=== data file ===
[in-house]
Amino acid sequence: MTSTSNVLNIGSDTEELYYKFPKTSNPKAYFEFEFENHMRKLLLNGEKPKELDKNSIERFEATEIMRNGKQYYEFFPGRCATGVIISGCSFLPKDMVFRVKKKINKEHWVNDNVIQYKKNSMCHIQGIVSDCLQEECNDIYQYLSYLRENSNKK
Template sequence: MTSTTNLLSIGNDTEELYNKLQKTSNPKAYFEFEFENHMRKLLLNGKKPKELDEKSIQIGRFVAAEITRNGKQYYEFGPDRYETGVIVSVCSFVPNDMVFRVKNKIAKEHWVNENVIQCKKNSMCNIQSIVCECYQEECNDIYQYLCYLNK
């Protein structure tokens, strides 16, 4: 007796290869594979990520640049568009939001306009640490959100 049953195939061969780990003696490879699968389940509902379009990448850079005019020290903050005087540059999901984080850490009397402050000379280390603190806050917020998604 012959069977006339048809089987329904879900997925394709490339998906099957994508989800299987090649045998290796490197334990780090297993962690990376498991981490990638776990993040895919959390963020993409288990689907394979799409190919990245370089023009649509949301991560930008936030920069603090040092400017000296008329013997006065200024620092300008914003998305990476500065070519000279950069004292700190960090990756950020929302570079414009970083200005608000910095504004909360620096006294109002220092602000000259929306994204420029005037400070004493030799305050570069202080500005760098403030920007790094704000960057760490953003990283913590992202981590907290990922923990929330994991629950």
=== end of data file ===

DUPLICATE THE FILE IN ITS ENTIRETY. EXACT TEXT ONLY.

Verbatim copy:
[in-house]
Amino acid sequence: MTSTSNVLNIGSDTEELYYKFPKTSNPKAYFEFEFENHMRKLLLNGEKPKELDKNSIERFEATEIMRNGKQYYEFFPGRCATGVIISGCSFLPKDMVFRVKKKINKEHWVNDNVIQYKKNSMCHIQGIVSDCLQEECNDIYQYLSYLRENSNKK
Template sequence: MTSTTNLLSIGNDTEELYNKLQKTSNPKAYFEFEFENHMRKLLLNGKKPKELDEKSIQIGRFVAAEITRNGKQYYEFGPDRYETGVIVSVCSFVPNDMVFRVKNKIAKEHWVNENVIQCKKNSMCNIQSIVCECYQEECNDIYQYLCYLNK
């Protein structure tokens, strides 16, 4: 007796290869594979990520640049568009939001306009640490959100 049953195939061969780990003696490879699968389940509902379009990448850079005019020290903050005087540059999901984080850490009397402050000379280390603190806050917020998604 012959069977006339048809089987329904879900997925394709490339998906099957994508989800299987090649045998290796490197334990780090297993962690990376498991981490990638776990993040895919959390963020993409288990689907394979799409190919990245370089023009649509949301991560930008936030920069603090040092400017000296008329013997006065200024620092300008914003998305990476500065070519000279950069004292700190960090990756950020929302570079414009970083200005608000910095504004909360620096006294109002220092602000000259929306994204420029005037400070004493030799305050570069202080500005760098403030920007790094704000960057760490953003990283913590992202981590907290990922923990929330994991629950």